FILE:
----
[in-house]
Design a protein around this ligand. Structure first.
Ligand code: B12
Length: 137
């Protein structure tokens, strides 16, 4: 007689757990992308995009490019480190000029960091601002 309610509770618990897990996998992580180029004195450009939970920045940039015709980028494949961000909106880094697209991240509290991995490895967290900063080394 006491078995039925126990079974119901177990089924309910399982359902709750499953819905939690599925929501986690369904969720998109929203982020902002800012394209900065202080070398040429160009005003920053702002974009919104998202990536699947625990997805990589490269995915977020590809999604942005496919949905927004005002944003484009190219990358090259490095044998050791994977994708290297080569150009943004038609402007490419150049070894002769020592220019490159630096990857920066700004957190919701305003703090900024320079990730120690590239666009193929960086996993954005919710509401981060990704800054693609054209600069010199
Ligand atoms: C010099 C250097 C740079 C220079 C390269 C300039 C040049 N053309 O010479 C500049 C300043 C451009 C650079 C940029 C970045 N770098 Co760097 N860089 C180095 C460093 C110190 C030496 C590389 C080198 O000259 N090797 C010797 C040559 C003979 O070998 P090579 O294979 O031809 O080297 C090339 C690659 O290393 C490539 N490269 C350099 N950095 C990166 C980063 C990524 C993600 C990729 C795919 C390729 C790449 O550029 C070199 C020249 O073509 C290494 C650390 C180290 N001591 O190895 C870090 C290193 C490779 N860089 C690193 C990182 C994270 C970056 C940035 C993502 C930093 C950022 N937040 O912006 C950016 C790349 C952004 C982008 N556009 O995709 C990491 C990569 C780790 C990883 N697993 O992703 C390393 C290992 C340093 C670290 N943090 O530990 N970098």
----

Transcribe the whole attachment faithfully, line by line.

[in-house]
Design a protein around this ligand. Structure first.
Ligand code: B12
Length: 137
């Protein structure tokens, strides 16, 4: 007689757990992308995009490019480190000029960091601002 309610509770618990897990996998992580180029004195450009939970920045940039015709980028494949961000909106880094697209991240509290991995490895967290900063080394 006491078995039925126990079974119901177990089924309910399982359902709750499953819905939690599925929501986690369904969720998109929203982020902002800012394209900065202080070398040429160009005003920053702002974009919104998202990536699947625990997805990589490269995915977020590809999604942005496919949905927004005002944003484009190219990358090259490095044998050791994977994708290297080569150009943004038609402007490419150049070894002769020592220019490159630096990857920066700004957190919701305003703090900024320079990730120690590239666009193929960086996993954005919710509401981060990704800054693609054209600069010199
Ligand atoms: C010099 C250097 C740079 C220079 C390269 C300039 C040049 N053309 O010479 C500049 C300043 C451009 C650079 C940029 C970045 N770098 Co760097 N860089 C180095 C460093 C110190 C030496 C590389 C080198 O000259 N090797 C010797 C040559 C003979 O070998 P090579 O294979 O031809 O080297 C090339 C690659 O290393 C490539 N490269 C350099 N950095 C990166 C980063 C990524 C993600 C990729 C795919 C390729 C790449 O550029 C070199 C020249 O073509 C290494 C650390 C180290 N001591 O190895 C870090 C290193 C490779 N860089 C690193 C990182 C994270 C970056 C940035 C993502 C930093 C950022 N937040 O912006 C950016 C790349 C952004 C982008 N556009 O995709 C990491 C990569 C780790 C990883 N697993 O992703 C390393 C290992 C340093 C670290 N943090 O530990 N970098």